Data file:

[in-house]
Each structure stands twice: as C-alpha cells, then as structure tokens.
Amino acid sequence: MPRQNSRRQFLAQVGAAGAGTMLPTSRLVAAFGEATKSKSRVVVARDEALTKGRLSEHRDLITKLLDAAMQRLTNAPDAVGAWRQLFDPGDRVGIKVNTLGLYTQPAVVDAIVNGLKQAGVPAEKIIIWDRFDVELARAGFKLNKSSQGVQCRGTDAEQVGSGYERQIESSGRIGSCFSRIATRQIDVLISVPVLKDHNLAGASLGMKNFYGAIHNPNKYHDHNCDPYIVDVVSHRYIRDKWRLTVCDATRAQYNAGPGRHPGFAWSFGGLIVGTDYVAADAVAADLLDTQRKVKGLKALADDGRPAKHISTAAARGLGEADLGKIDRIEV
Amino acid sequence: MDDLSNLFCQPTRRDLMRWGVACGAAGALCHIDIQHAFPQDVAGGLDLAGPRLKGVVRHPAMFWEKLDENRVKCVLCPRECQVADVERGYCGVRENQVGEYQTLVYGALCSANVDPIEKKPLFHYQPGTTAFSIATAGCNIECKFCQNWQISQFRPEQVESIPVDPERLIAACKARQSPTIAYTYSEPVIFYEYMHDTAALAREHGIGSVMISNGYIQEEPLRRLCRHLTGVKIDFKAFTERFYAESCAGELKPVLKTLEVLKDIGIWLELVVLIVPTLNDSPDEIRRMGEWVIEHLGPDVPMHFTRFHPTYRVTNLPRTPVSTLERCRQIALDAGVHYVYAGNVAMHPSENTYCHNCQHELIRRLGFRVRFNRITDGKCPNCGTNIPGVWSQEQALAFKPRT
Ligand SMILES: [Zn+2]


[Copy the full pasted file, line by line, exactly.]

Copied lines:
[in-house]
Each structure stands twice: as C-alpha cells, then as structure tokens.
Amino acid sequence: MPRQNSRRQFLAQVGAAGAGTMLPTSRLVAAFGEATKSKSRVVVARDEALTKGRLSEHRDLITKLLDAAMQRLTNAPDAVGAWRQLFDPGDRVGIKVNTLGLYTQPAVVDAIVNGLKQAGVPAEKIIIWDRFDVELARAGFKLNKSSQGVQCRGTDAEQVGSGYERQIESSGRIGSCFSRIATRQIDVLISVPVLKDHNLAGASLGMKNFYGAIHNPNKYHDHNCDPYIVDVVSHRYIRDKWRLTVCDATRAQYNAGPGRHPGFAWSFGGLIVGTDYVAADAVAADLLDTQRKVKGLKALADDGRPAKHISTAAARGLGEADLGKIDRIEV
Amino acid sequence: MDDLSNLFCQPTRRDLMRWGVACGAAGALCHIDIQHAFPQDVAGGLDLAGPRLKGVVRHPAMFWEKLDENRVKCVLCPRECQVADVERGYCGVRENQVGEYQTLVYGALCSANVDPIEKKPLFHYQPGTTAFSIATAGCNIECKFCQNWQISQFRPEQVESIPVDPERLIAACKARQSPTIAYTYSEPVIFYEYMHDTAALAREHGIGSVMISNGYIQEEPLRRLCRHLTGVKIDFKAFTERFYAESCAGELKPVLKTLEVLKDIGIWLELVVLIVPTLNDSPDEIRRMGEWVIEHLGPDVPMHFTRFHPTYRVTNLPRTPVSTLERCRQIALDAGVHYVYAGNVAMHPSENTYCHNCQHELIRRLGFRVRFNRITDGKCPNCGTNIPGVWSQEQALAFKPRT
Ligand SMILES: [Zn+2]